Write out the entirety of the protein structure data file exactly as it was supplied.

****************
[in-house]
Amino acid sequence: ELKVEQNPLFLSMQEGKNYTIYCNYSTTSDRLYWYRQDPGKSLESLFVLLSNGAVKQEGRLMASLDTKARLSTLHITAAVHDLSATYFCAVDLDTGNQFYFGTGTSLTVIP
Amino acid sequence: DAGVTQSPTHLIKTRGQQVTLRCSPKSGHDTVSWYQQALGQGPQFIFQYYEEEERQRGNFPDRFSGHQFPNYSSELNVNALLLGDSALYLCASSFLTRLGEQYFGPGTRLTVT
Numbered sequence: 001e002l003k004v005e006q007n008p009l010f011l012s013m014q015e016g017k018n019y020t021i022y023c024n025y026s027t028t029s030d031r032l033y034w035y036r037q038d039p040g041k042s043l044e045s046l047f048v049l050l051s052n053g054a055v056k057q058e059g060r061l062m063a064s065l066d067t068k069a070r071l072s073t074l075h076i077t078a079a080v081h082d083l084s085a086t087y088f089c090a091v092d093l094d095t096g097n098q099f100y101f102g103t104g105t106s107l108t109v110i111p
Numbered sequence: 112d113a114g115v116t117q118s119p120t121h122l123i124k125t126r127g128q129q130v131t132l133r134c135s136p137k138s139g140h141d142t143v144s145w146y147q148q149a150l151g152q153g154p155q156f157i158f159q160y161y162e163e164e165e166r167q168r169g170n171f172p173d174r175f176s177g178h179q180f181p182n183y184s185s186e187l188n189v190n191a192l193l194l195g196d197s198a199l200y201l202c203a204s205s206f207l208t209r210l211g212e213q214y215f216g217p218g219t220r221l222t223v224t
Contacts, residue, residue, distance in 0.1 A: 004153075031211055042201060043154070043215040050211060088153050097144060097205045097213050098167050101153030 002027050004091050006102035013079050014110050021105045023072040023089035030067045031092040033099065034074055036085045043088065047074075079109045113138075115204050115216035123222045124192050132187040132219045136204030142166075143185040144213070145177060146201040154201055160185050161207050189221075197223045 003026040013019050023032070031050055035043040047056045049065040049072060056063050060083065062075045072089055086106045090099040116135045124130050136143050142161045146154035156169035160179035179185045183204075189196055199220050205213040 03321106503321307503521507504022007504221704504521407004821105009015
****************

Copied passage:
[in-house]
Amino acid sequence: ELKVEQNPLFLSMQEGKNYTIYCNYSTTSDRLYWYRQDPGKSLESLFVLLSNGAVKQEGRLMASLDTKARLSTLHITAAVHDLSATYFCAVDLDTGNQFYFGTGTSLTVIP
Amino acid sequence: DAGVTQSPTHLIKTRGQQVTLRCSPKSGHDTVSWYQQALGQGPQFIFQYYEEEERQRGNFPDRFSGHQFPNYSSELNVNALLLGDSALYLCASSFLTRLGEQYFGPGTRLTVT
Numbered sequence: 001e002l003k004v005e006q007n008p009l010f011l012s013m014q015e016g017k018n019y020t021i022y023c024n025y026s027t028t029s030d031r032l033y034w035y036r037q038d039p040g041k042s043l044e045s046l047f048v049l050l051s052n053g054a055v056k057q058e059g060r061l062m063a064s065l066d067t068k069a070r071l072s073t074l075h076i077t078a079a080v081h082d083l084s085a086t087y088f089c090a091v092d093l094d095t096g097n098q099f100y101f102g103t104g105t106s107l108t109v110i111p
Numbered sequence: 112d113a114g115v116t117q118s119p120t121h122l123i124k125t126r127g128q129q130v131t132l133r134c135s136p137k138s139g140h141d142t143v144s145w146y147q148q149a150l151g152q153g154p155q156f157i158f159q160y161y162e163e164e165e166r167q168r169g170n171f172p173d174r175f176s177g178h179q180f181p182n183y184s185s186e187l188n189v190n191a192l193l194l195g196d197s198a199l200y201l202c203a204s205s206f207l208t209r210l211g212e213q214y215f216g217p218g219t220r221l222t223v224t
Contacts, residue, residue, distance in 0.1 A: 004153075031211055042201060043154070043215040050211060088153050097144060097205045097213050098167050101153030 002027050004091050006102035013079050014110050021105045023072040023089035030067045031092040033099065034074055036085045043088065047074075079109045113138075115204050115216035123222045124192050132187040132219045136204030142166075143185040144213070145177060146201040154201055160185050161207050189221075197223045 003026040013019050023032070031050055035043040047056045049065040049072060056063050060083065062075045072089055086106045090099040116135045124130050136143050142161045146154035156169035160179035179185045183204075189196055199220050205213040 03321106503321307503521507504022007504221704504521407004821105009015